Building a Read it Later Workflow with Drafts and Obsidian

In this post, you’ll learn a simple way to save article links from any Apple device into Obsidian using the Drafts Share Extension.

This allows you to create to create an effective “read it later” workflow, so that when you sit down to read, or work on your own content, all your saved links are in one place waiting for you.

Obsidian is an incredible tool for note taking and personal knowledge management, however saving links and bookmarks from the web on the go is not its strong suit.

After trying several different methods, what I’m about to share has been the best option for me.

It is much faster than copy / paste, and it also creates just enough friction that I can take a pause and determine if something is really valuable enough to save in my PKM.

For more of a high-level overview on why I use Drafts, check out this article.

Unfortunately, in several communities I’m part of, Linking Your Thinking for example, a lot of people struggle getting a workflow like this working.

I thought it would be valuable to break it down step by step.

Note: This tutorial requires upgrading to Drafts Pro in order to take advantage of custom action steps.

Alright, let’s do this!

Let’s Build the Workflow Step-by-Step

1. Add a “Saved Links” header to the bottom of your daily note template. This is where your saved links will be appended.

2. Open Drafts Pro and click “Actions”

3. Click “Manage Actions” from the sub-menu

4. Click on one of your action groups (Basic is fine to start).

5. Click the “plus” to add a new action.

6. Click “Add Action”

7. Name your action something that will be easy for you to remember what it’s for.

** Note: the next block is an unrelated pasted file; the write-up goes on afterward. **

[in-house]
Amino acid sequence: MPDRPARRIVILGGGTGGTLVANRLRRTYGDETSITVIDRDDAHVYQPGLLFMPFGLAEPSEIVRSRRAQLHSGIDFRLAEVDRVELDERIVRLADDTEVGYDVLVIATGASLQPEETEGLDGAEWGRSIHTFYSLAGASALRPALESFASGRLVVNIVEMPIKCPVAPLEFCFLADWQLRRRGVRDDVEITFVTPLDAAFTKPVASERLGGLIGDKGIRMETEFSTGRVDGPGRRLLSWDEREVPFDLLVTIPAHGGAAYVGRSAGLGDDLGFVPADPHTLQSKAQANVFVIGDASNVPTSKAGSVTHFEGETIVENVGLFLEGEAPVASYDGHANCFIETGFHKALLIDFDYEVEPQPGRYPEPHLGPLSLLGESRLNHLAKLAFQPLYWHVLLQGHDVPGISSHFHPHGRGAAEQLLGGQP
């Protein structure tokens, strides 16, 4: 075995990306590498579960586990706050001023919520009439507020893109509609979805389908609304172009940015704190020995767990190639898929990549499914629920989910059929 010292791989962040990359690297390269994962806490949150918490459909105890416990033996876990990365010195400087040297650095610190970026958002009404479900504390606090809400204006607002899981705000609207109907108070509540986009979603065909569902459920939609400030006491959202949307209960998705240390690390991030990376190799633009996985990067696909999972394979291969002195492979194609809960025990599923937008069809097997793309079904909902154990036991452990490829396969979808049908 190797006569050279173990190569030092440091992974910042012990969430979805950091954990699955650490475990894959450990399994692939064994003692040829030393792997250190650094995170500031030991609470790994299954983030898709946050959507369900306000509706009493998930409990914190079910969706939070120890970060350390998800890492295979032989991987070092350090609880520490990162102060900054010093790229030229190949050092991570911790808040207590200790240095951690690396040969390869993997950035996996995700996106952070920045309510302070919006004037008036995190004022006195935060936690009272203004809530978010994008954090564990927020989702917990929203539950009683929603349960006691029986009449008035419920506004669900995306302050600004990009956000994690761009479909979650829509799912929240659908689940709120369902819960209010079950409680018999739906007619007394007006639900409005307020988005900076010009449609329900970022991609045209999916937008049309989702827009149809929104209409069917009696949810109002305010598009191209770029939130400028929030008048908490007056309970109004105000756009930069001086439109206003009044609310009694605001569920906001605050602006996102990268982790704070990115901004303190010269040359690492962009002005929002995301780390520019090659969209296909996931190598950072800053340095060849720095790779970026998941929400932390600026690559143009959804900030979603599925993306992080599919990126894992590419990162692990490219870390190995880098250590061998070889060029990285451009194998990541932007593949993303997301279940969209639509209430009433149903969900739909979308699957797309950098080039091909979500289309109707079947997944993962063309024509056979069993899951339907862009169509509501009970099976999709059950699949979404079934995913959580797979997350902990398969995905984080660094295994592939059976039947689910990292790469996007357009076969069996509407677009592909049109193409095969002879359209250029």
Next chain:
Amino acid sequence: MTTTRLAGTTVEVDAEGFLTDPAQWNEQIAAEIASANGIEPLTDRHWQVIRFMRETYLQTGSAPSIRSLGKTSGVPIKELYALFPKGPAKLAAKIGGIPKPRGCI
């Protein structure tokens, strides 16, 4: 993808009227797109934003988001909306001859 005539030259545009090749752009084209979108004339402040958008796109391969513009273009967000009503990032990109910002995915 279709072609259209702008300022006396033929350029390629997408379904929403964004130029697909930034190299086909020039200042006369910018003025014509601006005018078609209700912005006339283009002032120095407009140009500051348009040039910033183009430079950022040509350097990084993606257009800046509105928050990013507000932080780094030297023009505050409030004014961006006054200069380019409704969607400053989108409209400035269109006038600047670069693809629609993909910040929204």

8. “Save Link to Obsidian”, for instance.

9. Add a description, so you’ll remember what it does. “This will append your link to your daily note in obsidian”

10. Select the dropdown for “Add Steps”

11. Select the “File” option from the menu.

12. Click the “+” to confirm your selection.

**13. I’ve saved the required snippet to a simple text note for easy copy and paste.

[[date|%Y-%m-%d]].md

14. First, you’ll want to grab the file name snippet, and copy to your clipboard. Your file name needs to match exactly to the naming convention of your daily note so it appends correctly instead of creating a new note.

15. Clear out the default value of the File Name.

**16. Press [[cmd]] + [[v]] to paste the new snippet. **

17. Do the same thing for the “Template” Section:

[[date|%Y-%m-%d]]
[[tags]]

[[draft]]

---

18. remove the default value in the “Template” box with the provided snippet.

19. Select “Append” for the Write Type

20. Select “Bookmark” for the Destination

21. Click into the input for Bookmark.

22. Type “Link to Daily Note” and hit [[enter]]”

23. Close out the action setup windows and get back to your main Drafts view where you have saved a link.

24. Choose a link you’d like to send into Obsidian.

25. Click on your new Action you created, I called mine “Save Link to Obsidian”.

26. The first time you run this, it is going to ask you to verify your bookmark permissions, by linking a folder to the bookmark that you created in previous steps. Click “OK”.

**27. Navigate to your Obsidian Vault, and find your Daily Notes Folder. **

28. Click “Select Folder”.

29. That’s it! Navigate back to Obsidian to confirm success.

30. You should see something that looks like this appended to your daily note.

And that’s it! Make sure you’ve added the Drafts share extension to iOS share menu, and you’ll be able to quickly save links.

I then process these into Obsidian once a day using the Drafts action that I’ve shared with you here today, after asking myself 5 key questions about what I’m saving.

P.S. This tutorial was Made with Scribe. If you often find yourself making web-driven “how to” content, this new tool allows you to document workflows & processes, and generate easy to understand step-by-step guides in minutes.

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